Boeing’s head of sales still insists narrowbody aircraft lack sufficient comfort for operating medium-haul “mid-market” flights – an assertion made amid speculation the airframer may shelve a widebody development project in favour of a single-aisle.
“I’m not sure about the concept” of a mid-market narrowbody, Boeing vice-president of commercial sales and marketing Ihssane Mounir said on 11 February at the Singapore air show.
Mounir’s comments reiterate a position Boeing has taken since mid-2019 when Airbus launched its 200-passenger, 4,700nm (8,700km)-range A321XLR.
But Mounir says airlines would need to remove seats to make narrowbodies sufficiently comfortable for mid-market flights, generally viewed as being 4,000-5,000nm.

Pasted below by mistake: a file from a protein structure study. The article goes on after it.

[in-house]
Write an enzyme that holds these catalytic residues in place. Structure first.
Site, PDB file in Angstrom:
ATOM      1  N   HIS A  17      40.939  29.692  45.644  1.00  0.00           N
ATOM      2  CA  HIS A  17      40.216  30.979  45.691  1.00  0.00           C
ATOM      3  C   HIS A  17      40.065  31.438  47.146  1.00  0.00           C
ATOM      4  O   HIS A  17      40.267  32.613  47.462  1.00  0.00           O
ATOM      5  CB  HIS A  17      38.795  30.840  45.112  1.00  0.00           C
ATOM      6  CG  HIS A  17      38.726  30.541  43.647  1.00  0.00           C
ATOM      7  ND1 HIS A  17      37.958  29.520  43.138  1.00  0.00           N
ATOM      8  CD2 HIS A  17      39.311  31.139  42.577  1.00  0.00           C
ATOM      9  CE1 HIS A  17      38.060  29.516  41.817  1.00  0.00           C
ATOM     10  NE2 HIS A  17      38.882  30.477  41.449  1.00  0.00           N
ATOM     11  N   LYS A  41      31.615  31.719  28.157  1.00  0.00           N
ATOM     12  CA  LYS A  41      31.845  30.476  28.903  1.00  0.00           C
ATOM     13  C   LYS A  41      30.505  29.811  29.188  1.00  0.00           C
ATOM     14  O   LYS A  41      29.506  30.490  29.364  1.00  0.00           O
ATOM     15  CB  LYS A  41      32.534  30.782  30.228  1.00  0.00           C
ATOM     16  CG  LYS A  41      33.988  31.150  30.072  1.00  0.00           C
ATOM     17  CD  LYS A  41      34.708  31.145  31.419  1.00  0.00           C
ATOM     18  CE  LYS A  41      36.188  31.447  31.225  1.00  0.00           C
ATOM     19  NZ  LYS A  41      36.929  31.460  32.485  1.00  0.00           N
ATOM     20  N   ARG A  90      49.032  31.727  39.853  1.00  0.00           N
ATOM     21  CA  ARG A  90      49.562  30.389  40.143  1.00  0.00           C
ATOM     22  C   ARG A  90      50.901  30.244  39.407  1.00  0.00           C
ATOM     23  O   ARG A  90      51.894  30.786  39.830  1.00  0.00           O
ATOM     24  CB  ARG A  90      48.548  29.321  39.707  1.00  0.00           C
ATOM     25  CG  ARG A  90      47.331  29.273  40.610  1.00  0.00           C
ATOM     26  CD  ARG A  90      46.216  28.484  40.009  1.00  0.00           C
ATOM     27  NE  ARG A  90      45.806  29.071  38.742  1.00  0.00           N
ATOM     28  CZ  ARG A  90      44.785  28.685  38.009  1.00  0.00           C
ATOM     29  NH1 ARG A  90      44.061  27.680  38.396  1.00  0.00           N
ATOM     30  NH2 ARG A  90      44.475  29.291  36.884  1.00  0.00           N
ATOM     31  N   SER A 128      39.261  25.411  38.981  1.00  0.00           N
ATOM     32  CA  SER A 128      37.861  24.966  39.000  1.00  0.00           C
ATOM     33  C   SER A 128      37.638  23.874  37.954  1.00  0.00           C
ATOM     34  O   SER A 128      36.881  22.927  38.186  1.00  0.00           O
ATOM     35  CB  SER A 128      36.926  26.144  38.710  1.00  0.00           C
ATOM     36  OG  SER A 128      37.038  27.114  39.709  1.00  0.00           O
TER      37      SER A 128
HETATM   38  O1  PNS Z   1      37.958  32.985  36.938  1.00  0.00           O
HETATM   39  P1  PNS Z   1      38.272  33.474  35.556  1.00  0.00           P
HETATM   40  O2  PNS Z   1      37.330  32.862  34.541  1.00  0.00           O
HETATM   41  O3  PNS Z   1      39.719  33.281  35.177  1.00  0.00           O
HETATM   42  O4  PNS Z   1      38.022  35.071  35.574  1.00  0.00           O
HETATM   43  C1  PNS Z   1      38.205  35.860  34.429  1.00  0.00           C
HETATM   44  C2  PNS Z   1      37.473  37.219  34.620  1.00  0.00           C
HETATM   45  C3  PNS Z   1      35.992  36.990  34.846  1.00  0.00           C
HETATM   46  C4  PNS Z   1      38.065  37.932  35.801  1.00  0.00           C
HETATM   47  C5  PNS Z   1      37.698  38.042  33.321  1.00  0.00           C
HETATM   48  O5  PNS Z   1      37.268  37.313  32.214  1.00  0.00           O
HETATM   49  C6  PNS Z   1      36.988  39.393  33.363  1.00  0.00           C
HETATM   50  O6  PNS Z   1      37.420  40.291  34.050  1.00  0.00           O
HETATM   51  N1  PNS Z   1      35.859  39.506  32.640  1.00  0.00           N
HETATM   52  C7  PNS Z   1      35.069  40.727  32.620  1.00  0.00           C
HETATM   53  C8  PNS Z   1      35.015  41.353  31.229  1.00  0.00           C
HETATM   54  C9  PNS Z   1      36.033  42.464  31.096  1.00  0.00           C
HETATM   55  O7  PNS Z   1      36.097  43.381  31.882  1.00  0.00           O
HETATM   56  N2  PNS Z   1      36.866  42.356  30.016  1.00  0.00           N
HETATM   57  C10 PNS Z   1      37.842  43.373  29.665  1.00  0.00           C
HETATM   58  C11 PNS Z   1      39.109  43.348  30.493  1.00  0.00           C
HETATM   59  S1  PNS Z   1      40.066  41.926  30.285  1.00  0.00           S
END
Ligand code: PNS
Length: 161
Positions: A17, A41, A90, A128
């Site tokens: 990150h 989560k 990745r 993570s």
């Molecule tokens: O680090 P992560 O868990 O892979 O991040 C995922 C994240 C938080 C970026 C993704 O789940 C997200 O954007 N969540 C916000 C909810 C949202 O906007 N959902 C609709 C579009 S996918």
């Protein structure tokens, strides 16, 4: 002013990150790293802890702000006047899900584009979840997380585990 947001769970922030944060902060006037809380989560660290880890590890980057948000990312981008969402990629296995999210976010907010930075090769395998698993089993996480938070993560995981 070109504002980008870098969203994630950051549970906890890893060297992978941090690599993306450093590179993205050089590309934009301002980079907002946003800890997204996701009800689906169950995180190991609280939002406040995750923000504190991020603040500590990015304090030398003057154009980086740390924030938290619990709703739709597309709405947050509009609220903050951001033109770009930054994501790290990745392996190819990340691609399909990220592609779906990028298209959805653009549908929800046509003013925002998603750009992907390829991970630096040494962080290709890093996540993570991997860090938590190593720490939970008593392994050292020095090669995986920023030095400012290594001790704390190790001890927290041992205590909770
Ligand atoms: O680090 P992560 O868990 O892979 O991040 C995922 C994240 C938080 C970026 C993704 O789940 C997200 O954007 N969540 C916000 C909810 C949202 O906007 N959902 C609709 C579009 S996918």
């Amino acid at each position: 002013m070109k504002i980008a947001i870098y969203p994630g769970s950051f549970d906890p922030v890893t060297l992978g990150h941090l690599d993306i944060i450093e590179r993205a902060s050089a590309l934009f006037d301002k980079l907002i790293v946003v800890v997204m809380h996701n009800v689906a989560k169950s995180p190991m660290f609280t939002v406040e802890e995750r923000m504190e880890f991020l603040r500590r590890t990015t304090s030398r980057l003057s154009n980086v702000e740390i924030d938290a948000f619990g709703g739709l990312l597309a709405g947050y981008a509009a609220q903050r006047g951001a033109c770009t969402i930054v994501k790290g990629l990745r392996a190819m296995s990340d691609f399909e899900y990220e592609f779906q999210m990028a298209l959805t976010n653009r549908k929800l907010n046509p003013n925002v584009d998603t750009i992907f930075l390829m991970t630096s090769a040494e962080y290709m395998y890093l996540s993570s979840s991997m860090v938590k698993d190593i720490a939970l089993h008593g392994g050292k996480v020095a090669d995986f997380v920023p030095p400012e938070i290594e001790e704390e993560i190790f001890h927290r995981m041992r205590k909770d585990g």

Boeing had for years planned to tackle the mid-market space with a 270-seat widebody dubbed the New Mid-market Airplane (NMA).
But the certainty of that plan was eroded several weeks ago when chief executive David Calhoun said he had ordered a complete NMA rethink.
Calhoun said Boeing was reevaluating market requirements and would “start with a clean sheet of paper, again”.
Asked about the NMA’s future, Mounir says: “It was a market space we probed. And notice we didn’t launch.”
Some aerospace analysts, including Teal Group’s Richard Aboulafia, have suggested Boeing might scrap the NMA and instead develop a new single-aisle aircraft – a 737 replacement with a stretched variant to address the mid-market. Others, notably Addison Schonland of AirInsight Group, suggests Boeing might take a different tack altogether by developing a smaller 787.
The company already has such an aircraft in its files – the “787-3”, which it pitched to airlines in the early 2000s before cancelling the project. That aircraft would have carried 290-330 passengers and have 2,500-3,050nm range.